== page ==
On Sunday afternoon, Cora Dunn would sit with her husband Reg and watch the cars come flying up Green Hill for a chance to glimpse the view they saw themselves every day.
It was a wonderful place to live and, at 91, she smiles when she recalls the home she spent her adult life in. A picture of the old farm house hangs on the wall of her room in Valley View Villa along with portraits of family.
“I liked looking down on everyone,” she says, laughing.
Joy seems to flood the room she sits in, but life did not start easy for Cora. Her father died when she was six and her mother was left to raise four girls on her own with no home of their own and no money. But with a devoted mother she still thrived and always did well at school.
In a small classroom, she learned about poetry and immediately took to it.
“It gave me a chance to use my brain anyway I wanted to.”
She began to jot down little rhymes on pieces of paper. She was so good that one teacher accused her of plagiarism.
“It could be walking home from school,” she said. “I’d write about a certain tree that was there. Anything I felt like writing about.”
For the rest of her life, she would be found sitting and writing on a scrap of paper or later tapping on a typewriter.
“I wanted to do it. I just took the time,” she says. “The time had to adjust to me.”
It wasn’t until Cora’s daughter, Hazel, was a teenager that she started to realize her mother had something special in the lines she would sneak away to write. Older now, she appreciates them even more and with the help of a family friend, Fred Jeffery, is trying to get a collection of some of the more than 200 poems printed.
Jeffrey said he was amazed when he read the poems. He is picking 50 out and plans to have them reviewed by the family and then printed. His goal is to have it all done by the end of the summer.
“This is life lived every day by a very caring compassionate person,” he said. “Her thoughts were deep. Her love of nature, love of life, love of family all that shone through…. She just encapsulated it all and it should be something the public should see.”
So much of her life can be learned from the poems.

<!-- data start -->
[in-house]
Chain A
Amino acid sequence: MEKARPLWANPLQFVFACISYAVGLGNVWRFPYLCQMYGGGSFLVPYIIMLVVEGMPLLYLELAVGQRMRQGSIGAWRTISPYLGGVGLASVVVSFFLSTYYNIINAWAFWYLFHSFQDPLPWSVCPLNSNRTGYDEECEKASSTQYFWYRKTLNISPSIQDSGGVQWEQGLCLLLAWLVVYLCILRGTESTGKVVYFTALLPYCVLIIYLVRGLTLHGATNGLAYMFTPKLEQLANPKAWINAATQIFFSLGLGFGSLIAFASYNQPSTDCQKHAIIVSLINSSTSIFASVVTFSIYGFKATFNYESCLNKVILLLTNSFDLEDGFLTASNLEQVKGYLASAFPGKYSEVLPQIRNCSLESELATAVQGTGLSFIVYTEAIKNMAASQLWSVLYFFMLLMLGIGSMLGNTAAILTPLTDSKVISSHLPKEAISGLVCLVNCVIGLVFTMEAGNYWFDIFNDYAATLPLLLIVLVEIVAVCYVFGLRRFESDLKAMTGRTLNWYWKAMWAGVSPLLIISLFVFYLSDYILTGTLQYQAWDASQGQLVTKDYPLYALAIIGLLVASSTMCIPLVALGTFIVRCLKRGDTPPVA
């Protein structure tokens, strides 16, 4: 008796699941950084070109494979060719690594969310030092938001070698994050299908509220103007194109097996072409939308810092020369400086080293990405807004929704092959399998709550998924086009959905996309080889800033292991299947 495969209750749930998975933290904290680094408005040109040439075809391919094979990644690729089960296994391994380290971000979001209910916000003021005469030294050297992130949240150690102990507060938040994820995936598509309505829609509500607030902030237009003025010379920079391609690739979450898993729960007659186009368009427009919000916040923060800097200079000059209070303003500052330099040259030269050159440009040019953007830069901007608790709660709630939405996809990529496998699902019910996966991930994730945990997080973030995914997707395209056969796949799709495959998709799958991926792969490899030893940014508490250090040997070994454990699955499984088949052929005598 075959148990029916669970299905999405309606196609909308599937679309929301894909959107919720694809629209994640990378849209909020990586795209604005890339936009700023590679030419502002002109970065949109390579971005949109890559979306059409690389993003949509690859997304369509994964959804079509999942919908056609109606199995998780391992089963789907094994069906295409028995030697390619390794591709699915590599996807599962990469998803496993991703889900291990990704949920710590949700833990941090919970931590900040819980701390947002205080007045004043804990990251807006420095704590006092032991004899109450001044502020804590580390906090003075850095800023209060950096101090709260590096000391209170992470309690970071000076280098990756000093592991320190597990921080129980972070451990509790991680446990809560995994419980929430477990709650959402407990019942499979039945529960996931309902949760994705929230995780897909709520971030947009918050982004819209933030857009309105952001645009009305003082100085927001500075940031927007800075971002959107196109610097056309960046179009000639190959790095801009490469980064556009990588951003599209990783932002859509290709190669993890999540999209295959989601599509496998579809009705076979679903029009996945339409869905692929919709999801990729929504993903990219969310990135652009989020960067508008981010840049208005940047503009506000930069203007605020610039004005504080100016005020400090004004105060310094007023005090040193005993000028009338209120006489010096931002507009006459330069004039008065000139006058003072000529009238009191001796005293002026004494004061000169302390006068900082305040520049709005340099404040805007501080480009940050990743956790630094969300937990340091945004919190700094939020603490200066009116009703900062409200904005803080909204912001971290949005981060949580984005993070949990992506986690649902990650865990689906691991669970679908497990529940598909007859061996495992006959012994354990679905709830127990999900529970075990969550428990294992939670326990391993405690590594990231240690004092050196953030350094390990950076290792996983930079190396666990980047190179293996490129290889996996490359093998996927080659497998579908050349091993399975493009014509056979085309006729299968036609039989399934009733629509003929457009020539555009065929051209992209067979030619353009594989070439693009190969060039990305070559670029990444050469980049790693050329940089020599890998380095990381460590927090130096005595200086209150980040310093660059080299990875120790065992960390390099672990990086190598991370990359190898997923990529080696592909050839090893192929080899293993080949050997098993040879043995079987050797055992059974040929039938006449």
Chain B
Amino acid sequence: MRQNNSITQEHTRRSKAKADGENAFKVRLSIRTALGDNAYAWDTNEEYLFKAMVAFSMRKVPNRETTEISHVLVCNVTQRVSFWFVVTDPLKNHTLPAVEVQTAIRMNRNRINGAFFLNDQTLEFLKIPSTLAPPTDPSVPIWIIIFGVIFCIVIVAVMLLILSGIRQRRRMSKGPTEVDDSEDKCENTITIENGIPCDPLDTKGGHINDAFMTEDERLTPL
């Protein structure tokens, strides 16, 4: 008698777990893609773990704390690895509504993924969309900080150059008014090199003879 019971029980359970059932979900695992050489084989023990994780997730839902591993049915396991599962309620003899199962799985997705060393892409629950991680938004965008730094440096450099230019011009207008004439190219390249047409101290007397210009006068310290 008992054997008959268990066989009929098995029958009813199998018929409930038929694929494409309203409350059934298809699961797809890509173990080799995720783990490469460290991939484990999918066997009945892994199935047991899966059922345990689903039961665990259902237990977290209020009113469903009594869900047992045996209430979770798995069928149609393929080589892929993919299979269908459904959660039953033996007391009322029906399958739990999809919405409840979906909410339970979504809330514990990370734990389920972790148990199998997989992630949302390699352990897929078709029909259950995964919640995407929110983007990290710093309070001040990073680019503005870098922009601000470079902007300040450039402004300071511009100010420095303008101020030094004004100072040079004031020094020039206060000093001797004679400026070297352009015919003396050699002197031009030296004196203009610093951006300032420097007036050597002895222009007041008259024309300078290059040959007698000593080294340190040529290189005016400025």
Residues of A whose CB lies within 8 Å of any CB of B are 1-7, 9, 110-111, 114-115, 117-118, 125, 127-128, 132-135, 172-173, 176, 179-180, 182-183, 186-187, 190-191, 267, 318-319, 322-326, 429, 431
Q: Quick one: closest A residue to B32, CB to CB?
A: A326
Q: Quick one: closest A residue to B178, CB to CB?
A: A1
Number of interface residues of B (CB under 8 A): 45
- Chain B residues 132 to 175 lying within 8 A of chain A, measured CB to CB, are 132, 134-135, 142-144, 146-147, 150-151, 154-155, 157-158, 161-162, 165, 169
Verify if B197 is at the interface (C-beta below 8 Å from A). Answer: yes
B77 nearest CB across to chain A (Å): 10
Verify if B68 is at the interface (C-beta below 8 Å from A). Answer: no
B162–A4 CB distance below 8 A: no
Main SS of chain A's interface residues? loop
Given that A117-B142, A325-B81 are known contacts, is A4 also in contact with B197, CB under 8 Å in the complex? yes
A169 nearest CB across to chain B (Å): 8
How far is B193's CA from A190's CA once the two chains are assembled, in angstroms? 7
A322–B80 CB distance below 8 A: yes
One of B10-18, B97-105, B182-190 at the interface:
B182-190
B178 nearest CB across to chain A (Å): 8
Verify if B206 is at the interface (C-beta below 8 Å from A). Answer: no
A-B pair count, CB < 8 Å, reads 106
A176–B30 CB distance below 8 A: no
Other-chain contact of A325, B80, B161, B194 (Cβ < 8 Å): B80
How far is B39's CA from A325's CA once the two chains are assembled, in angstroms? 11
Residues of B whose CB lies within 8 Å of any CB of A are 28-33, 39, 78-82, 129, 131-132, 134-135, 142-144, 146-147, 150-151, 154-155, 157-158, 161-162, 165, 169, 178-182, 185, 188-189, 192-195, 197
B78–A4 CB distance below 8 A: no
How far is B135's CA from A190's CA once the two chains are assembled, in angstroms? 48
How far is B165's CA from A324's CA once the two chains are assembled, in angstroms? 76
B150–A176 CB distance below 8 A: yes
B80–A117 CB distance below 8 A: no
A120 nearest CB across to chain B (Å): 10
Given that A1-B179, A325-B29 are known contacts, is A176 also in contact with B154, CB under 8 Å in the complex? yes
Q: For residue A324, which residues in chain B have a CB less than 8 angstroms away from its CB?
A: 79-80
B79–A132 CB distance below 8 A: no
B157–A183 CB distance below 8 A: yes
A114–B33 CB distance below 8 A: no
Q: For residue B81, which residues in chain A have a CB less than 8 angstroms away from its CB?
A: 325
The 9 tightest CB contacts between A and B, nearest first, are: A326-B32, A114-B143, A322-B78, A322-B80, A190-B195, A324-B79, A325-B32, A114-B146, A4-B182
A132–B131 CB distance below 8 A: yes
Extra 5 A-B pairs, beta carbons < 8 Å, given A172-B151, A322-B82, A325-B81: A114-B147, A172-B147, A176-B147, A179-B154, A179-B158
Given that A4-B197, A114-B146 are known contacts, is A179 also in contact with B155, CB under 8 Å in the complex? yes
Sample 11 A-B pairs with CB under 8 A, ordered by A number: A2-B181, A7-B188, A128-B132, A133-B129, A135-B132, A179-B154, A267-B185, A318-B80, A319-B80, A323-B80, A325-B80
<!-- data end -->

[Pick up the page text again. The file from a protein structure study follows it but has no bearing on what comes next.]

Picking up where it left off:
Both Cora and her husband had served in the war and when he returned they went into dairy farming.
His real name was Lynton Cyrus Dunn, but to her, he was always Reg. He was 6’2” and when he would stretch his arm out, she could stand underneath. She always felt safe with him and writes glowingly of him.
“He was the best husband that anyone ever had.”
Her one sorrow in their marriage was a baby she lost before she had the chance to hold it – “my greatest disappointment.” They would never be able to have another. But through that sorrow, came her two greatest joys in life. A boy and a girl adopted as their own.
“I thoroughly enjoyed writing about them,” she says.
Some of the poems are spiritual in nature. Most have to do with the day-to-day. A few are sad.
“Sometimes, I’m not really joyful, but there’s something you have to write about,” Cora said.
The painful loss of her husband, her son and her son-in-law is all captured in prose. She leaves it there.
For decades the poems were only read by her own eyes. They were written just because they needed to be written.
“I pretty well kept them for myself and if I went to a meeting and one suited, I’d take it.”
The few she shared, earned her the title of “The Green Hill Poet.”
“I’ve been called that more than once.”
She admits she once tried to get some poems published, but when the editor talked about making changes, she, like the great poet Emily Dickinson before her, quickly refused.
Someday she’d like to see them in print on pages of a book, but for now, she just wants them close beside her bound in the binders within her sight.
Her life is in those lines.
The golden years have turned to brass
As I stroll through life alone.
The fun filled days of youth long past,
On rapid wings have flown.
I’ve known times of endless bliss
On the joyous path of life.
These are the thoughts I do recall
When my memories are rife.
The precious golden moments
Which fill my heart with cheer,
Treasure memories of the past
Appear…so very clear.
The list is getting shorter
Of the good friends I hold dear,
Still they are so very precious,
Whenever they appear.
My days on Earth recorded,
Within the ‘Golden Book’.
Will help me to remember,
The journey that I took.
The Green Hill Poet
(Written in July 2001. I await the birth of Great Grandchild #2 as I remember the past and give some thought to the future.)